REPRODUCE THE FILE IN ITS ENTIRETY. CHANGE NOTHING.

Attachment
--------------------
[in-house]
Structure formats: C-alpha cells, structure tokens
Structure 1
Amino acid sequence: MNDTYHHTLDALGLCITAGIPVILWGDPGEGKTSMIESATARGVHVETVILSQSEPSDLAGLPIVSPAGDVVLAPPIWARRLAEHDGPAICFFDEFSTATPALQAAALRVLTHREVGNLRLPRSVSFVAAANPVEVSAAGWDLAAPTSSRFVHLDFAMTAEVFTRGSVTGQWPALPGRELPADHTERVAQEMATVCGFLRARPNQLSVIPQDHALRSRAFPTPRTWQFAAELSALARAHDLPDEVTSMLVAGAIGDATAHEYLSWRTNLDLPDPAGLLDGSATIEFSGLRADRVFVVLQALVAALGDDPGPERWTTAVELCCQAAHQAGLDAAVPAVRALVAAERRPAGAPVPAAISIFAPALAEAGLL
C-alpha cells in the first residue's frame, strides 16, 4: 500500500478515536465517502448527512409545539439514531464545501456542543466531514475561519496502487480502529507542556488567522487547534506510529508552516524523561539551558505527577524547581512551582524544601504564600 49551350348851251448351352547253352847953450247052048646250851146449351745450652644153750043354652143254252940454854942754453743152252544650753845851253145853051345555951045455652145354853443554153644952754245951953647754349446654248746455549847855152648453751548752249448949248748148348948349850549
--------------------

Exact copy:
[in-house]
Structure formats: C-alpha cells, structure tokens
Structure 1
Amino acid sequence: MNDTYHHTLDALGLCITAGIPVILWGDPGEGKTSMIESATARGVHVETVILSQSEPSDLAGLPIVSPAGDVVLAPPIWARRLAEHDGPAICFFDEFSTATPALQAAALRVLTHREVGNLRLPRSVSFVAAANPVEVSAAGWDLAAPTSSRFVHLDFAMTAEVFTRGSVTGQWPALPGRELPADHTERVAQEMATVCGFLRARPNQLSVIPQDHALRSRAFPTPRTWQFAAELSALARAHDLPDEVTSMLVAGAIGDATAHEYLSWRTNLDLPDPAGLLDGSATIEFSGLRADRVFVVLQALVAALGDDPGPERWTTAVELCCQAAHQAGLDAAVPAVRALVAAERRPAGAPVPAAISIFAPALAEAGLL
C-alpha cells in the first residue's frame, strides 16, 4: 500500500478515536465517502448527512409545539439514531464545501456542543466531514475561519496502487480502529507542556488567522487547534506510529508552516524523561539551558505527577524547581512551582524544601504564600 49551350348851251448351352547253352847953450247052048646250851146449351745450652644153750043354652143254252940454854942754453743152252544650753845851253145853051345555951045455652145354853443554153644952754245951953647754349446654248746455549847855152648453751548752249448949248748148348948349850549